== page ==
AMES, Iowa – Food systems partners from five states are working together on a newly funded grant project from the United States Department of Agriculture that will create a resource hub for regional food systems practitioners in Iowa, Nebraska, Missouri, Kansas and Oklahoma.
Known as the Heartland Regional Food Business Center, the web-based information center will help connect local food entrepreneurs, food purchasers and anyone with a connection to regional and local food systems.
The $25 million project is one of 12 funded across the country and includes funding for innovative projects designed to invest in food processing and distribution capacity, build resilience in the middle supply chain, and strengthen local and regional food systems.
“We have an amazing food system in this country, but I think covid and the pandemic really highlighted some of the challenges we face in our food system,” said Christa Hartsook, small farms program coordinator with Iowa State University Extension and Outreach. “The partners involved with this project represent a broad array of experts who can help food entrepreneurs scale their business and get local food to where it is really needed.”
The business centers selected were announced in early May, and again on May 23, when Jennifer Lester Moffitt, under secretary for marketing and regulatory programs at USDA, visited the University of Nebraska for a roundtable discussion.
“USDA recognizes that local and regional food systems are essential to the overall food supply chain and the new Regional Food Business Centers are the cornerstone of our efforts to support them,” said Moffitt. “The resources and diverse knowledge offered through the centers will make the opportunities available through dozens of USDA programs more accessible to small and mid-sized producers and food and farm businesses.”
The project is still in its infancy, but Hartsook said the partners are actively reviewing the resources available in each state and how to best move forward with the creation of the business centers. Later this summer, she plans to hire an additional small farms team member at Iowa State, who will help implement the goals of the Heartland Regional Food Business Center.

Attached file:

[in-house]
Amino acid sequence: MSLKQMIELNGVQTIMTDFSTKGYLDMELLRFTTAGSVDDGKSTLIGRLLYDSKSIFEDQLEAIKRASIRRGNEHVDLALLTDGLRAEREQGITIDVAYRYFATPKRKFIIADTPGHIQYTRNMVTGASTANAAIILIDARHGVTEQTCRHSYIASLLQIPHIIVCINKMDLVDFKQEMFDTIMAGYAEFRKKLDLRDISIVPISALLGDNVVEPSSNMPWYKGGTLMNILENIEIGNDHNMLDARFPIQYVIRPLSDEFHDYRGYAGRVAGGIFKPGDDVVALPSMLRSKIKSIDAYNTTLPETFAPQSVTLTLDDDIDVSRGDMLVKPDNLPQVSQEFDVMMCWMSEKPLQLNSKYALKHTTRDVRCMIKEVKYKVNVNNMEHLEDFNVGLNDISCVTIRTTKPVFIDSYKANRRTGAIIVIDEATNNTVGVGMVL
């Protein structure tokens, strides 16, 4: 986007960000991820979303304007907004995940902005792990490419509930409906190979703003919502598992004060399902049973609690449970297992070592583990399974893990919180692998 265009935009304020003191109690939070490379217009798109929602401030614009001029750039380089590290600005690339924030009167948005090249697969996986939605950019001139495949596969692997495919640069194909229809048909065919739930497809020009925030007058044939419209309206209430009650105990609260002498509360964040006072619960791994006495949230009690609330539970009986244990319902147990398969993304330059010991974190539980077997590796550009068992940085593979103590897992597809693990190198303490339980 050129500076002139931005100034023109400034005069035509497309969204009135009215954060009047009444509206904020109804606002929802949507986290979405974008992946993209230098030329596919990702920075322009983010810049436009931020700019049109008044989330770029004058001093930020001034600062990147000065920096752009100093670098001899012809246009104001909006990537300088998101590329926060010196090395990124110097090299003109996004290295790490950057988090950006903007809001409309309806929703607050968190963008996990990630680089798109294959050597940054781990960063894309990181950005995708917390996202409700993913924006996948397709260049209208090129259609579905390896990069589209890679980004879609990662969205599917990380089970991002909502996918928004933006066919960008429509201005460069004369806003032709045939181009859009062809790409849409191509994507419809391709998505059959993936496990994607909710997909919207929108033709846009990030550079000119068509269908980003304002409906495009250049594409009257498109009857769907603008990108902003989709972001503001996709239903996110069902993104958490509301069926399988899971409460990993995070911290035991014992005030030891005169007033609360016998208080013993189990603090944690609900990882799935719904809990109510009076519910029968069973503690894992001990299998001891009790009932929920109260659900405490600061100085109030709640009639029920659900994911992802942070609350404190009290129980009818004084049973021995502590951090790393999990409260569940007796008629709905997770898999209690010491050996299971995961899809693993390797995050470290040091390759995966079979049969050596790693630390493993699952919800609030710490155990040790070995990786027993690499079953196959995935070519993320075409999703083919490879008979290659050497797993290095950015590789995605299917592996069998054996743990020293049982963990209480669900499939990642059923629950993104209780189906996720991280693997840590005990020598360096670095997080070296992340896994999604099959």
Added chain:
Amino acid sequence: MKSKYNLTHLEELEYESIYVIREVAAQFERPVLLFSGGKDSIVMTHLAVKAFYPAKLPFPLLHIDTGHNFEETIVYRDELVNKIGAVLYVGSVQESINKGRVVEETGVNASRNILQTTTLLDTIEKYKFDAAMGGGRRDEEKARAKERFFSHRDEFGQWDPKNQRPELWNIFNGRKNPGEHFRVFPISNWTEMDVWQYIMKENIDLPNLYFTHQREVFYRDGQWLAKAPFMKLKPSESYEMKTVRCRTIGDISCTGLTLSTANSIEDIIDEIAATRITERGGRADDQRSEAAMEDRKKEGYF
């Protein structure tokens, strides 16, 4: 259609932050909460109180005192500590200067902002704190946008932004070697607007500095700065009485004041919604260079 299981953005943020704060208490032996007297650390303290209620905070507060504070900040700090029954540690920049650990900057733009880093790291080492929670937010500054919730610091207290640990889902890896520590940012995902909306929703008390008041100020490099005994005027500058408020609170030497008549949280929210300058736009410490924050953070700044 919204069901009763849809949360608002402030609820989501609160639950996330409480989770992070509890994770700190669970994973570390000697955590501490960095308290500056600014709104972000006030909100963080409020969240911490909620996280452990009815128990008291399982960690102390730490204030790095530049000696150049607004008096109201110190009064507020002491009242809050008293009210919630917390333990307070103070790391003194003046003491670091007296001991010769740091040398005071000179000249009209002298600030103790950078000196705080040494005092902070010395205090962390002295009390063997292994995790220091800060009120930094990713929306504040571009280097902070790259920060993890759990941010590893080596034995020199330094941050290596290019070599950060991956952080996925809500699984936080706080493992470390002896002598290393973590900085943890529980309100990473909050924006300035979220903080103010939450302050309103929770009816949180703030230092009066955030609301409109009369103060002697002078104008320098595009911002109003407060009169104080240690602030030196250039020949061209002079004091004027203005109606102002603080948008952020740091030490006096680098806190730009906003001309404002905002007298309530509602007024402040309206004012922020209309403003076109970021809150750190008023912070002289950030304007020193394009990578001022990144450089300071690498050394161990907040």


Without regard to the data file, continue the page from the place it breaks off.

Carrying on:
Although the center will not have a physical location, the online portal will be available to anyone who wants to find information, resources and connections that help further their involvement within their region. Farmers will be able to connect with local schools about meal programs, while farmers markets can connect with community leaders and rural residents can connect with locally owned grocery stores.
By strengthening connections between rural and urban areas, the Regional Food Business Centers will seek to drive economic opportunities across the region, creating a more diversified and resilient food system.
Collectively, the organizations selected to lead each center reflect a cross-section of the varied institutions, organizations, and associations that are necessary to achieve strong food systems with broad reach. These organizations are engaging with grassroots food and farm organizations and employing a range of creative strategies to build food system resiliency.
“We’re very excited about these regional food business centers, and we’re really excited about the partners on the ground,” said Moffitt. “I believe very strongly in locally led solutions, that we do more when people who are trusted in the region, who know the region, who already have partnerships in the region, are empowered and have the funding to be able to come together to overcome complex challenges and find creative solutions.”
For more information on the 12 regional food business centers, visit the USDA’s Agriculture Marketing Service website.
Shareable photos: 1. Harvesting sweet potatoes in Iowa.
2. Partners of the newly created Heartland Regional Food Business Center, including Christa Hartsook, small farms program coordinator with Iowa State University Extension and Outreach. All attendees include (back row, from left) Katie Zenk, U.S. Department of Agriculture; Leah Vinton, Comunidad Maya Pixan Ixim; Jennifer Lester Moffitt, USDA; Bill McKelvey, University of Missouri Extension; Rachel McGinnis Millsap, Kansas City Healthy Kids; Nancy Williams, No More Empty Pots; Mike Boehm, Institute of Agriculture and Natural Resources; and Christa Hartsook, Iowa State University; (front row, from left) Lizandra Lorenzo, Comunidad Maya Pixan Ixim; Bill Crooks, Food Conservancy; Katie Nixon, New Growth Community Development Corporation; Mary Emery, Rural Prosperity Nebraska; and Dominga Francisco, Comunidad Maya Pixan Ixim (Russell Shaffer photo).